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Container Garden Dry Out – Secret Tips To Save Plants and Save Money

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Big box stores tout that they will save you money and time by grouping annual flowers together in the same container garden. At the store it is a beautiful display, so the idea seems valid. However, within a day of bringing the planted container home, it dries out like the Sahara Desert and I spend the rest of the spring and summer watering it EVERY DAY. This is not sustainable and does not save time or money.

The reason you have to water so much is the plant is usually planted in a soilless mix so the nurseries can water and fertilize more often without the roots rotting in the humid nursery conditions. Once you get the container home and it is placed outside in mixed environmental weather, the annuals require different conditions; they need to hold water near the roots instead of wicking water away from the roots.

Above you see the Wave Petunia Tidal Wave Purple and Double Zahara Cherry Zinnia together in a simple clay pot. I only watered these plants two times per week on average during the regular summer season using the below techniques. More watering will be necessary during drought or extremely hot seasons.


Here’s the secret tip – every year I go to the home and garden store and purchase a container of pre-planted annuals like petunias or coleus, then I take it home and play mad scientist. Here’s what I do –

  1. I tear apart the annual plant arrangement, pulling each plant out of the pre-planted container.
  2. I replant the plants in my own containers with my own, preferred, soil mix. I use a mix of 1/3 potting soil, 1/3 rotted manure, and 1/3 compost. And yes, I know this does not follow the “rules” from the books. This is not about rules, this is about what works in my garden. And the above combination retains water very well in the containers.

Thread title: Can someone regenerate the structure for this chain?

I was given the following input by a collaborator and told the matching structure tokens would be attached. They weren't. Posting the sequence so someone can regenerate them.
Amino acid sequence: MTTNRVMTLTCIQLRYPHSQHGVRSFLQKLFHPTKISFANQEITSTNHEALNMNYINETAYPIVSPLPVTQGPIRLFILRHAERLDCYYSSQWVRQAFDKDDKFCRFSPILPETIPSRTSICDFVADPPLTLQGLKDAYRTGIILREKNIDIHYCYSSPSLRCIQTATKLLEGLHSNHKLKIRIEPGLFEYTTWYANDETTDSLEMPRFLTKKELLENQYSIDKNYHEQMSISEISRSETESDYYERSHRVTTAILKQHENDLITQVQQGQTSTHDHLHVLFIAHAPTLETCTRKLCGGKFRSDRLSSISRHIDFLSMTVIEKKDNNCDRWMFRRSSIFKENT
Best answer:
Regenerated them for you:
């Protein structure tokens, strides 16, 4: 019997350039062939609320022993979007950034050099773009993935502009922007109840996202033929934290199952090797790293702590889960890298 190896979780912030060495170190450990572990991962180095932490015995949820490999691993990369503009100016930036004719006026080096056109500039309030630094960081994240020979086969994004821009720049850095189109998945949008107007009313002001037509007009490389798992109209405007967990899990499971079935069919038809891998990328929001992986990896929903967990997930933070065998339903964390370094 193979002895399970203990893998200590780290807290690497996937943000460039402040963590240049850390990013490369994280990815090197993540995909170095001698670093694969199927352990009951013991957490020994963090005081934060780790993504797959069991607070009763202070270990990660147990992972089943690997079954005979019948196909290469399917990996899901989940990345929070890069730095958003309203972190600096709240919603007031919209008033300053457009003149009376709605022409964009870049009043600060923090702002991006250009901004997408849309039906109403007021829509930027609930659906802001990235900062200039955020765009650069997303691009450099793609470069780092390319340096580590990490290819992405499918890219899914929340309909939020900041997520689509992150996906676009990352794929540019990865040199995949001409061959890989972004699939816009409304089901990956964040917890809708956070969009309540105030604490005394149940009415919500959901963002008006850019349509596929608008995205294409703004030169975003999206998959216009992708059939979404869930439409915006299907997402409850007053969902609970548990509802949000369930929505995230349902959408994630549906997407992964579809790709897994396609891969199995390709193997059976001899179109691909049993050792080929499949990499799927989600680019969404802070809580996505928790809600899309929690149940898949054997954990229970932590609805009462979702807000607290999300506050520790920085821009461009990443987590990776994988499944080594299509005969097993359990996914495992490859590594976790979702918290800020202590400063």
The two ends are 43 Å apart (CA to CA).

3. If you have very harsh, hot and dry conditions, you might consider mulching the tops of your containers. It helps retain water.
  4. Water DEEPLY, but infrequently. Watering lightly every day does not help keep the soil wet longer and does not help the root systems of the plants. I water until water comes out the bottom of the container. If the plants are in a clay container I water the outside of the clay as well as the soil in the planter.
  5. Group containers together. Surprisingly, when you group the containers together they tend to stay moister longer.

What ideas do you have to help keep your container from drying out? Having dead plants because of dry conditions makes container garden. Consider rebuilding your containers with ingredients that help hold moisture for a longer period of time when you water. With the above arrangement, I typically water twice per week unless the heat exceeds 90 degrees and we have significant drought.

Special Note – Because the FTC requires it, I am letting you know that Ball Horticultural supplied the annual plants grown in this garden. I  write many instructional stories and videos with their  flower and vegetable products and donate a large portion of the vegetables I grow to the local food pantry when harvested.

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  1. True post. I work at a garden centre (large one) part time. I agree with the soil-less mix and fertilizers used to keep the pre-made planters healthy. Most come from growers that use drip-line irrigation. Not likely folks at home have that method.

    I too make my own soil mixture, but I use mainly compost and potting soil. I would not suggest to use mulch on the top of planters when you use very fibrous rooted annuals like petunias or begonias. The mulch breaks down, fixating nitrogen and can make the petunias go yellow.